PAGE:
Act 4, Scene 1Page 65
FOOL Will you make me believe that I am not sent for
SEBASTIAN Go to, go to, thou art a foolish fellow. Let
me be clear of thee.
FOOL 5Well held out, i’ faith. No, I do not know you, nor
I am not sent to you by my lady to bid you come
speak with her, nor your name is not Master
Cesario, nor this is not my nose neither. Nothing
that is so is so.
SEBASTIAN 10I prithee, vent thy folly somewhere else.
Thou know’st not me.
FOOL Vent my folly? He has heard that word of some
great man and now applies it to a Fool. Vent my
folly? I am afraid this great lubber the world will
15 prove a cockney. I prithee now, ungird thy strangeness
and tell me what I shall vent to my lady. Shall I
vent to her that thou art coming?
SEBASTIAN I prithee, foolish Greek, depart from me.
There’s money for thee. Giving money. If you
20 tarry longer, I shall give worse payment.
FOOL By my troth, thou hast an open hand. These wise
men that give Fools money get themselves a good
report—after fourteen years’ purchase.
Act 4, Scene 1Page 66
ANDREW , to Sebastian Now, sir, have I met you again?
25 There’s for you. He strikes Sebastian.
SEBASTIAN , returning the blow Why, there’s for thee,
and there, and there.—Are all the people mad?
TOBY Hold, sir, or I’ll throw your dagger o’er the
FOOL , aside 30This will I tell my lady straight. I would
not be in some of your coats for twopence.
TOBY , seizing Sebastian Come on, sir, hold!
ANDREW Nay, let him alone. I’ll go another way to
work with him. I’ll have an action of battery against
35 him, if there be any law in Illyria. Though I struck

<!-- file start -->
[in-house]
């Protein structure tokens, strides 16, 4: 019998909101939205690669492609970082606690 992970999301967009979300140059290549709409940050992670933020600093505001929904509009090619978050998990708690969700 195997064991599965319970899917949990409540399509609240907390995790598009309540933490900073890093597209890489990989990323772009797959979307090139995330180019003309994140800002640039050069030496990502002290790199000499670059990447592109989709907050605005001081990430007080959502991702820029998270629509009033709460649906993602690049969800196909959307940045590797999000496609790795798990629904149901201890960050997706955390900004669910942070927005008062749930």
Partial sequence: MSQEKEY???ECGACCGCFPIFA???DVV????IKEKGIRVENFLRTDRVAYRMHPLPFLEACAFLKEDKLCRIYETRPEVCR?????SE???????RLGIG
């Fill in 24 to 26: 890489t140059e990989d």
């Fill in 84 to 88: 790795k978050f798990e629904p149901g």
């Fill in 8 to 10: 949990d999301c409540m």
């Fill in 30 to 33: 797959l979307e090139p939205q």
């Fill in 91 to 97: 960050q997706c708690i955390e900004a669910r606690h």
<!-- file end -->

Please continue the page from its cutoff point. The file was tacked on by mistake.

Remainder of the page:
him first, yet it’s no matter for that.
SEBASTIAN , to Toby Let go thy hand!
TOBY Come, sir, I will not let you go. Come, my young
soldier, put up your iron. You are well fleshed.
40 Come on.
I will be free from thee.
He pulls free and draws his sword.
What wouldst thou now?
If thou dar’st tempt me further, draw thy sword.
TOBY What, what? Nay, then, I must have an ounce or
45 two of this malapert blood from you.
He draws his sword.
Act 4, Scene 1Page 67
50 Where manners ne’er were preached! Out of my
Be not offended, dear Cesario.—
Rudesby, begone! Toby, Andrew, and Fabian exit.
I prithee, gentle friend,
55 Let thy fair wisdom, not thy passion, sway
In this uncivil and unjust extent
Against thy peace. Go with me to my house,
And hear thou there how many fruitless pranks
This ruffian hath botched up, that thou thereby
60 Mayst smile at this. Thou shalt not choose but go.
Do not deny. Beshrew his soul for me!
He started one poor heart of mine, in thee.
SEBASTIAN , aside
What relish is in this? How runs the stream?
Or I am mad, or else this is a dream.
65 Let fancy still my sense in Lethe steep;
If it be thus to dream, still let me sleep!
Nay, come, I prithee. Would thou ’dst be ruled by
Madam, I will.
OLIVIA 70 O, say so, and so be!
MARIA Nay, I prithee, put on this gown and this beard;
make him believe thou art Sir Topas the curate. Do
it quickly. I’ll call Sir Toby the whilst. She exits.
FOOL Well, I’ll put it on and I will dissemble myself in
5 ’t, and I would I were the first that ever dissembled
in such a gown. He puts on gown and beard. I am
Act 4, Scene 2Page 68
not tall enough to become the function well, nor
lean enough to be thought a good student, but to be